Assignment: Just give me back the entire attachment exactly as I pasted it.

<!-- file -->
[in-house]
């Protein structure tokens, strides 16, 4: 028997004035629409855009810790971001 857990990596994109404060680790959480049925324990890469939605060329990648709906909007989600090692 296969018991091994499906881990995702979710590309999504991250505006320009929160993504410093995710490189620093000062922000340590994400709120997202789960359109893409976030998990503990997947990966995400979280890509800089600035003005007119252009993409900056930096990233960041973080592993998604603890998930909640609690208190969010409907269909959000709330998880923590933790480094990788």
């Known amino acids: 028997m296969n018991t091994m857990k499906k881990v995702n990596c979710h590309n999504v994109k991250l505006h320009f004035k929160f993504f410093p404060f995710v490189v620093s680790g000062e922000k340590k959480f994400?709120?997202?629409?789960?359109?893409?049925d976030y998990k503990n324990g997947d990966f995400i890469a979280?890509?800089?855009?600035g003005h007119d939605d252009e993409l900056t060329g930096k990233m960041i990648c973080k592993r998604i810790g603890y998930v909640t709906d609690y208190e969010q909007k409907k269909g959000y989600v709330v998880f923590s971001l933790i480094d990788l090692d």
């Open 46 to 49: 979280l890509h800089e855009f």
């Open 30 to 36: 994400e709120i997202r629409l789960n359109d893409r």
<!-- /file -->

[in-house]
């Protein structure tokens, strides 16, 4: 028997004035629409855009810790971001 857990990596994109404060680790959480049925324990890469939605060329990648709906909007989600090692 296969018991091994499906881990995702979710590309999504991250505006320009929160993504410093995710490189620093000062922000340590994400709120997202789960359109893409976030998990503990997947990966995400979280890509800089600035003005007119252009993409900056930096990233960041973080592993998604603890998930909640609690208190969010409907269909959000709330998880923590933790480094990788």
């Known amino acids: 028997m296969n018991t091994m857990k499906k881990v995702n990596c979710h590309n999504v994109k991250l505006h320009f004035k929160f993504f410093p404060f995710v490189v620093s680790g000062e922000k340590k959480f994400?709120?997202?629409?789960?359109?893409?049925d976030y998990k503990n324990g997947d990966f995400i890469a979280?890509?800089?855009?600035g003005h007119d939605d252009e993409l900056t060329g930096k990233m960041i990648c973080k592993r998604i810790g603890y998930v909640t709906d609690y208190e969010q909007k409907k269909g959000y989600v709330v998880f923590s971001l933790i480094d990788l090692d």
């Open 46 to 49: 979280l890509h800089e855009f």
């Open 30 to 36: 994400e709120i997202r629409l789960n359109d893409r």